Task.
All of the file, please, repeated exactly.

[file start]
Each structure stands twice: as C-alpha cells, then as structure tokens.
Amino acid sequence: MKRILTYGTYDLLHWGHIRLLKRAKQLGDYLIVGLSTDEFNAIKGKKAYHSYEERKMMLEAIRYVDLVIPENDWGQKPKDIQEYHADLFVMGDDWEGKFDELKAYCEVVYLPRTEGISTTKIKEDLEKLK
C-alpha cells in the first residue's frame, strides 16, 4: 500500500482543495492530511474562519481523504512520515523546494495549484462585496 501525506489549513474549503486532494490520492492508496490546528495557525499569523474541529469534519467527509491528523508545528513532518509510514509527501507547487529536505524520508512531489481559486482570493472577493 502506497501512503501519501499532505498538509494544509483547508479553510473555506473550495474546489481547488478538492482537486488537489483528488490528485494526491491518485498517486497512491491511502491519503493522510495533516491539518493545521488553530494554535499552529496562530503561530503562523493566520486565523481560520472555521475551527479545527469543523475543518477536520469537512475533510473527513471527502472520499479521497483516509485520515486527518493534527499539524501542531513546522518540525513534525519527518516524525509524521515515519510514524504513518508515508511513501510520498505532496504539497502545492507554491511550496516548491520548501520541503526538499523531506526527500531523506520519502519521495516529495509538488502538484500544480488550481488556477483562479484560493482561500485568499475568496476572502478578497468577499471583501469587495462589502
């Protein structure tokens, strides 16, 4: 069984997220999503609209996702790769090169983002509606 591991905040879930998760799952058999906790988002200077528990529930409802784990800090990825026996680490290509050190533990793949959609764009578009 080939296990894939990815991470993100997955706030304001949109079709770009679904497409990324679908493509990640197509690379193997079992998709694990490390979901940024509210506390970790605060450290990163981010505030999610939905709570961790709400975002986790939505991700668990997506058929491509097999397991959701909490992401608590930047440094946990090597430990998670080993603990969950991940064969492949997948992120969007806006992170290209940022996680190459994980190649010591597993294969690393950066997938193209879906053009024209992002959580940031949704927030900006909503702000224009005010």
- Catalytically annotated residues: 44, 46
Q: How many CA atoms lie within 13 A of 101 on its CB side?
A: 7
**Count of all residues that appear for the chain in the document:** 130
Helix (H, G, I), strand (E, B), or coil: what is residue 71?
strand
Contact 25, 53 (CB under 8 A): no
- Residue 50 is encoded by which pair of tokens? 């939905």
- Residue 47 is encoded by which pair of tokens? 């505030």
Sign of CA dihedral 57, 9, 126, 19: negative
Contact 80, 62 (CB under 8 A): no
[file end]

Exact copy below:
Each structure stands twice: as C-alpha cells, then as structure tokens.
Amino acid sequence: MKRILTYGTYDLLHWGHIRLLKRAKQLGDYLIVGLSTDEFNAIKGKKAYHSYEERKMMLEAIRYVDLVIPENDWGQKPKDIQEYHADLFVMGDDWEGKFDELKAYCEVVYLPRTEGISTTKIKEDLEKLK
C-alpha cells in the first residue's frame, strides 16, 4: 500500500482543495492530511474562519481523504512520515523546494495549484462585496 501525506489549513474549503486532494490520492492508496490546528495557525499569523474541529469534519467527509491528523508545528513532518509510514509527501507547487529536505524520508512531489481559486482570493472577493 502506497501512503501519501499532505498538509494544509483547508479553510473555506473550495474546489481547488478538492482537486488537489483528488490528485494526491491518485498517486497512491491511502491519503493522510495533516491539518493545521488553530494554535499552529496562530503561530503562523493566520486565523481560520472555521475551527479545527469543523475543518477536520469537512475533510473527513471527502472520499479521497483516509485520515486527518493534527499539524501542531513546522518540525513534525519527518516524525509524521515515519510514524504513518508515508511513501510520498505532496504539497502545492507554491511550496516548491520548501520541503526538499523531506526527500531523506520519502519521495516529495509538488502538484500544480488550481488556477483562479484560493482561500485568499475568496476572502478578497468577499471583501469587495462589502
């Protein structure tokens, strides 16, 4: 069984997220999503609209996702790769090169983002509606 591991905040879930998760799952058999906790988002200077528990529930409802784990800090990825026996680490290509050190533990793949959609764009578009 080939296990894939990815991470993100997955706030304001949109079709770009679904497409990324679908493509990640197509690379193997079992998709694990490390979901940024509210506390970790605060450290990163981010505030999610939905709570961790709400975002986790939505991700668990997506058929491509097999397991959701909490992401608590930047440094946990090597430990998670080993603990969950991940064969492949997948992120969007806006992170290209940022996680190459994980190649010591597993294969690393950066997938193209879906053009024209992002959580940031949704927030900006909503702000224009005010």
- Catalytically annotated residues: 44, 46
Q: How many CA atoms lie within 13 A of 101 on its CB side?
A: 7
**Count of all residues that appear for the chain in the document:** 130
Helix (H, G, I), strand (E, B), or coil: what is residue 71?
strand
Contact 25, 53 (CB under 8 A): no
- Residue 50 is encoded by which pair of tokens? 């939905």
- Residue 47 is encoded by which pair of tokens? 């505030």
Sign of CA dihedral 57, 9, 126, 19: negative
Contact 80, 62 (CB under 8 A): no